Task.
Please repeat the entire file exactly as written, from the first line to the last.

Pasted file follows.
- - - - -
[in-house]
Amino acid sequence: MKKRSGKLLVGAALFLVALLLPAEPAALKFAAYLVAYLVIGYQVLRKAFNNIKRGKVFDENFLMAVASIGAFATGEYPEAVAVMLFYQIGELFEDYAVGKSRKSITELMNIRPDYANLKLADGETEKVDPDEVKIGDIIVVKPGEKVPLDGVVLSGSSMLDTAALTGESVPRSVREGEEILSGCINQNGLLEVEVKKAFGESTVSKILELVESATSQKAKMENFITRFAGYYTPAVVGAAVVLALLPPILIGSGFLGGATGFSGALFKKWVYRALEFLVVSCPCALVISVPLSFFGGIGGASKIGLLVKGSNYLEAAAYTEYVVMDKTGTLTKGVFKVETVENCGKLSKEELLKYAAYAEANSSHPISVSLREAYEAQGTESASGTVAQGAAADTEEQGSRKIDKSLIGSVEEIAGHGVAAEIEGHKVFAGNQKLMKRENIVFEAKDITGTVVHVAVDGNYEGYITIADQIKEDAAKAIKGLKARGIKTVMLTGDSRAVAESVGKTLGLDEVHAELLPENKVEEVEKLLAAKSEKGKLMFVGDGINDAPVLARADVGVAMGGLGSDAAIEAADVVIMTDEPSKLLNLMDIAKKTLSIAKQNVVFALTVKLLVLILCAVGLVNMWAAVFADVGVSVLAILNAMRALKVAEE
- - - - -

[in-house]
Amino acid sequence: MKKRSGKLLVGAALFLVALLLPAEPAALKFAAYLVAYLVIGYQVLRKAFNNIKRGKVFDENFLMAVASIGAFATGEYPEAVAVMLFYQIGELFEDYAVGKSRKSITELMNIRPDYANLKLADGETEKVDPDEVKIGDIIVVKPGEKVPLDGVVLSGSSMLDTAALTGESVPRSVREGEEILSGCINQNGLLEVEVKKAFGESTVSKILELVESATSQKAKMENFITRFAGYYTPAVVGAAVVLALLPPILIGSGFLGGATGFSGALFKKWVYRALEFLVVSCPCALVISVPLSFFGGIGGASKIGLLVKGSNYLEAAAYTEYVVMDKTGTLTKGVFKVETVENCGKLSKEELLKYAAYAEANSSHPISVSLREAYEAQGTESASGTVAQGAAADTEEQGSRKIDKSLIGSVEEIAGHGVAAEIEGHKVFAGNQKLMKRENIVFEAKDITGTVVHVAVDGNYEGYITIADQIKEDAAKAIKGLKARGIKTVMLTGDSRAVAESVGKTLGLDEVHAELLPENKVEEVEKLLAAKSEKGKLMFVGDGINDAPVLARADVGVAMGGLGSDAAIEAADVVIMTDEPSKLLNLMDIAKKTLSIAKQNVVFALTVKLLVLILCAVGLVNMWAAVFADVGVSVLAILNAMRALKVAEE